Skip to Content
06th April 2016

Companies Update – A New Requirement for a PSC Register

Share this article:



Starting on 6 April 2016 UK companies, LLPs and Societates Europaeae ("SE") will need to keep a new register of ‘Persons with Significant Control’ ("PSC register"), which must be filed annually at Companies House from 30 June 2016.

The requirement to keep a PSC register has been introduced by the Small Business, Enterprise and Employment Act 2015 (the "Act")

The government has published a summary of the new requirements which may be found here as well as full statutory guidance which may be found here.

The definition of "significant control" is considered below. Although the rules also apply to LLPs and SEs, for simplicity this article will refer only to companies. For more information on the application to LLPs or SEs, please contact Hewitsons’ Corporate Team at the contact details below.

  
What are the new requirements?
Under the new regime companies must:

maintain a register of PSCs; take reasonable steps to identify any PSCs and obtain/update their relevant details; make their PSC register available for public inspection at their registered office (or another address notified to Companies House) and respond to requests for copies; and file details of any PSCs annually to Companies House.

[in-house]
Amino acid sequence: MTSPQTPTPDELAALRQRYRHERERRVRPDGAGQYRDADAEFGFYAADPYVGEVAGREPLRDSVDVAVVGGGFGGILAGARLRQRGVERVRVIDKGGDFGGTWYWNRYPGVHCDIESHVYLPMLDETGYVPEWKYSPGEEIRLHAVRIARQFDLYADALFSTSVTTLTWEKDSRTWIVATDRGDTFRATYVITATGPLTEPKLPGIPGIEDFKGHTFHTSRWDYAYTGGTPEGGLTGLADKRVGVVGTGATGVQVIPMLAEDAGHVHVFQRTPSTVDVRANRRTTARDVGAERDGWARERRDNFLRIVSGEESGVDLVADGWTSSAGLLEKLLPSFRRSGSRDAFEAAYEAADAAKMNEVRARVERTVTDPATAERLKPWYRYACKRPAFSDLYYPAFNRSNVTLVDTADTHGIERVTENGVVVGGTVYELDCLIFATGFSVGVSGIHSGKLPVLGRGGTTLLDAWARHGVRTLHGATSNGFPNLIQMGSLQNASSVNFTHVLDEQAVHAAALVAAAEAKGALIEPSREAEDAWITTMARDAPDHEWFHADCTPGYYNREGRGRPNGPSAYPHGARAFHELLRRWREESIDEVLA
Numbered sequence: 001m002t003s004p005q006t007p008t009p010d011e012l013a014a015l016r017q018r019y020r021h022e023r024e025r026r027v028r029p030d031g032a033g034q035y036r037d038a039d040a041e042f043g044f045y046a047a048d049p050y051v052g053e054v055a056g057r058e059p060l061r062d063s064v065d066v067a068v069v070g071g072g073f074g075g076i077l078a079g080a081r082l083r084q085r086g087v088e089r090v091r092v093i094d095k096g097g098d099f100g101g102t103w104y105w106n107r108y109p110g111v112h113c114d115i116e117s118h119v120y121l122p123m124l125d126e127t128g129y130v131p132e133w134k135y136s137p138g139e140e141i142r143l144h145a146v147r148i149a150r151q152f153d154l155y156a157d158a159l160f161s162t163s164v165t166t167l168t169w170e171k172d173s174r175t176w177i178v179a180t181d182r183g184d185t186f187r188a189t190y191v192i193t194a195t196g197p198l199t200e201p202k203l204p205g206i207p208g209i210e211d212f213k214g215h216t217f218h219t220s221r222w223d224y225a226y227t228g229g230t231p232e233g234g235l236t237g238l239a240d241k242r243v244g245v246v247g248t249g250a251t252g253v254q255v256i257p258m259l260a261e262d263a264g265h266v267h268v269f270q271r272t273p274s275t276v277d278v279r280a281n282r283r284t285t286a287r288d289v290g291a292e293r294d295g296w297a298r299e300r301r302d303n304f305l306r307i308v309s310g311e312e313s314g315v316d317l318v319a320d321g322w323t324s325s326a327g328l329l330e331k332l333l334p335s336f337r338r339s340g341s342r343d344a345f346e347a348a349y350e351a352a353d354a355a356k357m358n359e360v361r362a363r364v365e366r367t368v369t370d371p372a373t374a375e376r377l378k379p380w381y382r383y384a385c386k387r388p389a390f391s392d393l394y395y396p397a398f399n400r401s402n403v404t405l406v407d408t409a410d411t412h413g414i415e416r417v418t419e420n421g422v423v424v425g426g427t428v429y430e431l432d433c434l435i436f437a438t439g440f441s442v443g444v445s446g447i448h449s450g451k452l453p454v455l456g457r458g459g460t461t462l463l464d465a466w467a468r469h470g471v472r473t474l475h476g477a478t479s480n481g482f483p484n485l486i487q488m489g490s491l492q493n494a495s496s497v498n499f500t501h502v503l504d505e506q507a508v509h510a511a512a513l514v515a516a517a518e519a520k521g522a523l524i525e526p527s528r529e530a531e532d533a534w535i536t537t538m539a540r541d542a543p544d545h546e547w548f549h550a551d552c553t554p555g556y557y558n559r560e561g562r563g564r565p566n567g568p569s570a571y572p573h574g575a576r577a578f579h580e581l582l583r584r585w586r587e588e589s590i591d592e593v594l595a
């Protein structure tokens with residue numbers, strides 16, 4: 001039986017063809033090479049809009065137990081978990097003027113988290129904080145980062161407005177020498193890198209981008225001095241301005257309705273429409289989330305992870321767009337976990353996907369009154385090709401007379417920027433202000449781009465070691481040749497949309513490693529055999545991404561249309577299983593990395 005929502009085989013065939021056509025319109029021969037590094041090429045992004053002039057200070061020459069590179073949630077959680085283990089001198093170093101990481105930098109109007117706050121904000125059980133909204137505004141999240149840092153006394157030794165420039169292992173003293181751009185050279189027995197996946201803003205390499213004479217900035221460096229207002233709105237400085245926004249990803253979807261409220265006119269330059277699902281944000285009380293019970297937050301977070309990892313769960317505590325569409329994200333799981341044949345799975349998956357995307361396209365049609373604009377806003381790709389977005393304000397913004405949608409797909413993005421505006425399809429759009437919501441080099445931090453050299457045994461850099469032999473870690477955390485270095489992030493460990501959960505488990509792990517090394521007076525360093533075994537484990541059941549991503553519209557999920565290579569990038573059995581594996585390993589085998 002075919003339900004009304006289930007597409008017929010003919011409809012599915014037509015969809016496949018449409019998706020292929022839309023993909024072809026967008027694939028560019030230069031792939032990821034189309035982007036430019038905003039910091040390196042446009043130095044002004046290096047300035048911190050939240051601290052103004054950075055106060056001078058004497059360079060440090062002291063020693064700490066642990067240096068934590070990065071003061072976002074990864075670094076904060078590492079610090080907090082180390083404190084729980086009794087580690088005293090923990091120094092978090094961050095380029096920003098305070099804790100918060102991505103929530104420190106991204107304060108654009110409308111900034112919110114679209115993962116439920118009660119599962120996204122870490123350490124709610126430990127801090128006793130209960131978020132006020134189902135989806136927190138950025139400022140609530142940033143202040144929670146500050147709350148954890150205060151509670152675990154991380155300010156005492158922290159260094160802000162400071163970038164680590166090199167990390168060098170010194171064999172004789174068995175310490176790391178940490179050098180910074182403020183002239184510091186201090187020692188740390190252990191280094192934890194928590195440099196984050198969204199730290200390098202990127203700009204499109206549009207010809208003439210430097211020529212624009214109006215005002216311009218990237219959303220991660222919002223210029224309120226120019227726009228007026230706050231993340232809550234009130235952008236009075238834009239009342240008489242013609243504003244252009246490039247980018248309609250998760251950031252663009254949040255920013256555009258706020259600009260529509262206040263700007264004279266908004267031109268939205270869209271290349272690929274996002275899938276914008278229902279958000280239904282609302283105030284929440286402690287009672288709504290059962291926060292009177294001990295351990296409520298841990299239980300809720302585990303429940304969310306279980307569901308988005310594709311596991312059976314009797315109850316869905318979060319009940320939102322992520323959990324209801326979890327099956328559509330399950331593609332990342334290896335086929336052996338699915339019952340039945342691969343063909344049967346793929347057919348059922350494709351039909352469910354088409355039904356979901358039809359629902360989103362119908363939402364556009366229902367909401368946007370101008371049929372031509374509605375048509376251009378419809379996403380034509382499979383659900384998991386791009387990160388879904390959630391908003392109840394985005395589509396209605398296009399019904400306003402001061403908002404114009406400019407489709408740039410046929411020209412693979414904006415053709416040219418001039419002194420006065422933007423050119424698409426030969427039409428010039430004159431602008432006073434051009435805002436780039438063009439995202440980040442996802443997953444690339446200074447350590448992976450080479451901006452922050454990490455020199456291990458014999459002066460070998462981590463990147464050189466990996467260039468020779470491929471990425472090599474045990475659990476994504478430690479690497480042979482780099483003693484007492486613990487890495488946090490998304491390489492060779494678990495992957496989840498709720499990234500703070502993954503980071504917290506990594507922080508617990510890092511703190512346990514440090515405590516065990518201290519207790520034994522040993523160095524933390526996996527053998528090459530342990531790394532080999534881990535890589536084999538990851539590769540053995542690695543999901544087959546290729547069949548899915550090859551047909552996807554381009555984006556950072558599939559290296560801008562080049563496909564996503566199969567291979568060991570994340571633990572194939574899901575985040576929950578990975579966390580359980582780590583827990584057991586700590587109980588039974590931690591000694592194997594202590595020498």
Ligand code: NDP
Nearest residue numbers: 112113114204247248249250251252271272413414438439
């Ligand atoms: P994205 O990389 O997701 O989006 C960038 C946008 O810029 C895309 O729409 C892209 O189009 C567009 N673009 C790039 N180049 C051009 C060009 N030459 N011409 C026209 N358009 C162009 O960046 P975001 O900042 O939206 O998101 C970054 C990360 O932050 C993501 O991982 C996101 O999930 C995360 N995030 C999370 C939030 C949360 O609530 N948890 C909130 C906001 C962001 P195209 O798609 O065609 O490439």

A person (including a company) who knows (or ought reasonably to know) that they should be included on a company’s PSC register, has a duty to notify the company and must keep the company up-to-date with any subsequent amendments to their details. A person failing to do so, or who makes a recklessly false statement about their details, will be guilty of an offence under the Act.

Where can I find a template for the PSC register?
Hewitsons’ specialist Company Secretarial service will be happy to provide a template for the PSC register, on request.

Who needs to be identified on the PSC register?
The new rules ensure that there will be a public record of whom has significant control over a company, no matter whether the individual exercises control directly or indirectly.

The intention is to create a public record of the ultimate beneficial owners. This might be, for example:

  • the identity of those who own shareholdings in parent companies;
  • the identity of those who control a company via entities such as trusts; or
  • the identity of any offshore companies who control UK companies.

Are some companies exempt?
A company will be exempt from the requirement to maintain a PSC register if: